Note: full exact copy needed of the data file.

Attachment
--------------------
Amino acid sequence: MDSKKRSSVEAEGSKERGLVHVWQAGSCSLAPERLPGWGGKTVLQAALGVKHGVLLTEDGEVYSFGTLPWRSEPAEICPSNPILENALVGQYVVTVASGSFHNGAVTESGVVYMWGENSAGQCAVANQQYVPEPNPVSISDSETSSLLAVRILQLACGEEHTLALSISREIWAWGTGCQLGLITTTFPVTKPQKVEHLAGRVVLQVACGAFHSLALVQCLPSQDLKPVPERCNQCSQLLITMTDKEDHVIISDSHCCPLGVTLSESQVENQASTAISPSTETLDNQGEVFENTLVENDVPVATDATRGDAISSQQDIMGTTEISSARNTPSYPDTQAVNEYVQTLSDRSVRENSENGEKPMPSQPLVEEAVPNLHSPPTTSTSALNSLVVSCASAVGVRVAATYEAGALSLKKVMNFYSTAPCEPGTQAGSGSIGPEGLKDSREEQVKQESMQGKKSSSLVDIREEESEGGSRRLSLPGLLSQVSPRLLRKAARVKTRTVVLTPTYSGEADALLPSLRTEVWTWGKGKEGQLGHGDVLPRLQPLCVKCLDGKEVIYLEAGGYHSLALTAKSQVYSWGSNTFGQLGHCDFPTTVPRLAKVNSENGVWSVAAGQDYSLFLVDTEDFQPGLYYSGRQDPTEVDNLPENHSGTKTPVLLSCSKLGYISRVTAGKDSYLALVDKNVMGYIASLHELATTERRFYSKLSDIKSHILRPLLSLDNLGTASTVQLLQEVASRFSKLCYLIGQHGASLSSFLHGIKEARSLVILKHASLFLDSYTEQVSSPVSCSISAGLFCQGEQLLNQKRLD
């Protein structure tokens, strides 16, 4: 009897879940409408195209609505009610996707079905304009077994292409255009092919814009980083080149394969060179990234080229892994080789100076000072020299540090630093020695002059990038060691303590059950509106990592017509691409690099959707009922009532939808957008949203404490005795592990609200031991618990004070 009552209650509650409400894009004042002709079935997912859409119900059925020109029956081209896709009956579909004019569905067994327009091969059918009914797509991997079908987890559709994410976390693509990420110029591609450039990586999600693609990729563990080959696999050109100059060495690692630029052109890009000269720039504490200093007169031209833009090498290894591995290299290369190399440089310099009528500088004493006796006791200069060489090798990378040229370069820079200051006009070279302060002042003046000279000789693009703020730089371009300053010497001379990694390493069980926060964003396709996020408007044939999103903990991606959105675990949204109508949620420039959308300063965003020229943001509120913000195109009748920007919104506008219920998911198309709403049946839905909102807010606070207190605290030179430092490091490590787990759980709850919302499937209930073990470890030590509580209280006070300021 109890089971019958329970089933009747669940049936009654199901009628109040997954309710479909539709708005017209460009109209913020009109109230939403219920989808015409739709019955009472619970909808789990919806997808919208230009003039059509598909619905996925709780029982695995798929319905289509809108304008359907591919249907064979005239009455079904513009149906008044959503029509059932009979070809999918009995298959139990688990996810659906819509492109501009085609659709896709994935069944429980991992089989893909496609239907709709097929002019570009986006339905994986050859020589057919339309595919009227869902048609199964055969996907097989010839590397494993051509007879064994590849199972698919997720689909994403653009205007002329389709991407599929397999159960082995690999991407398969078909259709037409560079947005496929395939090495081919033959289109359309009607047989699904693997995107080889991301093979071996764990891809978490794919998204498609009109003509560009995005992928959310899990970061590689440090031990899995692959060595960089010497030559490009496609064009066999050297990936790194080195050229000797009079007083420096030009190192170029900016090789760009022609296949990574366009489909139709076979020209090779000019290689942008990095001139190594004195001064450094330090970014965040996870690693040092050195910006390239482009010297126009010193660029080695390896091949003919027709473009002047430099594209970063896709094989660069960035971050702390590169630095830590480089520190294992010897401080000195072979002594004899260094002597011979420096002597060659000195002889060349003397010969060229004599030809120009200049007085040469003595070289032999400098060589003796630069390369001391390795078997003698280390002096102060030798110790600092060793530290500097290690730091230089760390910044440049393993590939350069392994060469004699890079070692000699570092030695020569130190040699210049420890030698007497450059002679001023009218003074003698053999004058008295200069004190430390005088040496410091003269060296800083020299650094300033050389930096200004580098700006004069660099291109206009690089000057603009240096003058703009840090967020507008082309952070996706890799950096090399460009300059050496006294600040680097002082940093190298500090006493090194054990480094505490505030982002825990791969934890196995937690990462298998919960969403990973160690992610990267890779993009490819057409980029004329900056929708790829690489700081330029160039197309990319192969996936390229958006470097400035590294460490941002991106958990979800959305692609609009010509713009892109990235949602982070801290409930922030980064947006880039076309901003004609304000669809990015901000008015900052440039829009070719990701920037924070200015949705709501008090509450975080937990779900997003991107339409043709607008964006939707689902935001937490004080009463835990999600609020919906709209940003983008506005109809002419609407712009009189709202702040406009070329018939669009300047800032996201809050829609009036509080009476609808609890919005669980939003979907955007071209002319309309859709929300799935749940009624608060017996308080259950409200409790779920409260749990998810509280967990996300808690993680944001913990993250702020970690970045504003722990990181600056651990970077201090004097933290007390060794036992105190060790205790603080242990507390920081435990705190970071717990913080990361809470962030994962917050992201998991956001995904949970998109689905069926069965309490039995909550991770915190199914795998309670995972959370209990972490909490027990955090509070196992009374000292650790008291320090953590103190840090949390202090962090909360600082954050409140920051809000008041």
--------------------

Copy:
Amino acid sequence: MDSKKRSSVEAEGSKERGLVHVWQAGSCSLAPERLPGWGGKTVLQAALGVKHGVLLTEDGEVYSFGTLPWRSEPAEICPSNPILENALVGQYVVTVASGSFHNGAVTESGVVYMWGENSAGQCAVANQQYVPEPNPVSISDSETSSLLAVRILQLACGEEHTLALSISREIWAWGTGCQLGLITTTFPVTKPQKVEHLAGRVVLQVACGAFHSLALVQCLPSQDLKPVPERCNQCSQLLITMTDKEDHVIISDSHCCPLGVTLSESQVENQASTAISPSTETLDNQGEVFENTLVENDVPVATDATRGDAISSQQDIMGTTEISSARNTPSYPDTQAVNEYVQTLSDRSVRENSENGEKPMPSQPLVEEAVPNLHSPPTTSTSALNSLVVSCASAVGVRVAATYEAGALSLKKVMNFYSTAPCEPGTQAGSGSIGPEGLKDSREEQVKQESMQGKKSSSLVDIREEESEGGSRRLSLPGLLSQVSPRLLRKAARVKTRTVVLTPTYSGEADALLPSLRTEVWTWGKGKEGQLGHGDVLPRLQPLCVKCLDGKEVIYLEAGGYHSLALTAKSQVYSWGSNTFGQLGHCDFPTTVPRLAKVNSENGVWSVAAGQDYSLFLVDTEDFQPGLYYSGRQDPTEVDNLPENHSGTKTPVLLSCSKLGYISRVTAGKDSYLALVDKNVMGYIASLHELATTERRFYSKLSDIKSHILRPLLSLDNLGTASTVQLLQEVASRFSKLCYLIGQHGASLSSFLHGIKEARSLVILKHASLFLDSYTEQVSSPVSCSISAGLFCQGEQLLNQKRLD
């Protein structure tokens, strides 16, 4: 009897879940409408195209609505009610996707079905304009077994292409255009092919814009980083080149394969060179990234080229892994080789100076000072020299540090630093020695002059990038060691303590059950509106990592017509691409690099959707009922009532939808957008949203404490005795592990609200031991618990004070 009552209650509650409400894009004042002709079935997912859409119900059925020109029956081209896709009956579909004019569905067994327009091969059918009914797509991997079908987890559709994410976390693509990420110029591609450039990586999600693609990729563990080959696999050109100059060495690692630029052109890009000269720039504490200093007169031209833009090498290894591995290299290369190399440089310099009528500088004493006796006791200069060489090798990378040229370069820079200051006009070279302060002042003046000279000789693009703020730089371009300053010497001379990694390493069980926060964003396709996020408007044939999103903990991606959105675990949204109508949620420039959308300063965003020229943001509120913000195109009748920007919104506008219920998911198309709403049946839905909102807010606070207190605290030179430092490091490590787990759980709850919302499937209930073990470890030590509580209280006070300021 109890089971019958329970089933009747669940049936009654199901009628109040997954309710479909539709708005017209460009109209913020009109109230939403219920989808015409739709019955009472619970909808789990919806997808919208230009003039059509598909619905996925709780029982695995798929319905289509809108304008359907591919249907064979005239009455079904513009149906008044959503029509059932009979070809999918009995298959139990688990996810659906819509492109501009085609659709896709994935069944429980991992089989893909496609239907709709097929002019570009986006339905994986050859020589057919339309595919009227869902048609199964055969996907097989010839590397494993051509007879064994590849199972698919997720689909994403653009205007002329389709991407599929397999159960082995690999991407398969078909259709037409560079947005496929395939090495081919033959289109359309009607047989699904693997995107080889991301093979071996764990891809978490794919998204498609009109003509560009995005992928959310899990970061590689440090031990899995692959060595960089010497030559490009496609064009066999050297990936790194080195050229000797009079007083420096030009190192170029900016090789760009022609296949990574366009489909139709076979020209090779000019290689942008990095001139190594004195001064450094330090970014965040996870690693040092050195910006390239482009010297126009010193660029080695390896091949003919027709473009002047430099594209970063896709094989660069960035971050702390590169630095830590480089520190294992010897401080000195072979002594004899260094002597011979420096002597060659000195002889060349003397010969060229004599030809120009200049007085040469003595070289032999400098060589003796630069390369001391390795078997003698280390002096102060030798110790600092060793530290500097290690730091230089760390910044440049393993590939350069392994060469004699890079070692000699570092030695020569130190040699210049420890030698007497450059002679001023009218003074003698053999004058008295200069004190430390005088040496410091003269060296800083020299650094300033050389930096200004580098700006004069660099291109206009690089000057603009240096003058703009840090967020507008082309952070996706890799950096090399460009300059050496006294600040680097002082940093190298500090006493090194054990480094505490505030982002825990791969934890196995937690990462298998919960969403990973160690992610990267890779993009490819057409980029004329900056929708790829690489700081330029160039197309990319192969996936390229958006470097400035590294460490941002991106958990979800959305692609609009010509713009892109990235949602982070801290409930922030980064947006880039076309901003004609304000669809990015901000008015900052440039829009070719990701920037924070200015949705709501008090509450975080937990779900997003991107339409043709607008964006939707689902935001937490004080009463835990999600609020919906709209940003983008506005109809002419609407712009009189709202702040406009070329018939669009300047800032996201809050829609009036509080009476609808609890919005669980939003979907955007071209002319309309859709929300799935749940009624608060017996308080259950409200409790779920409260749990998810509280967990996300808690993680944001913990993250702020970690970045504003722990990181600056651990970077201090004097933290007390060794036992105190060790205790603080242990507390920081435990705190970071717990913080990361809470962030994962917050992201998991956001995904949970998109689905069926069965309490039995909550991770915190199914795998309670995972959370209990972490909490027990955090509070196992009374000292650790008291320090953590103190840090949390202090962090909360600082954050409140920051809000008041």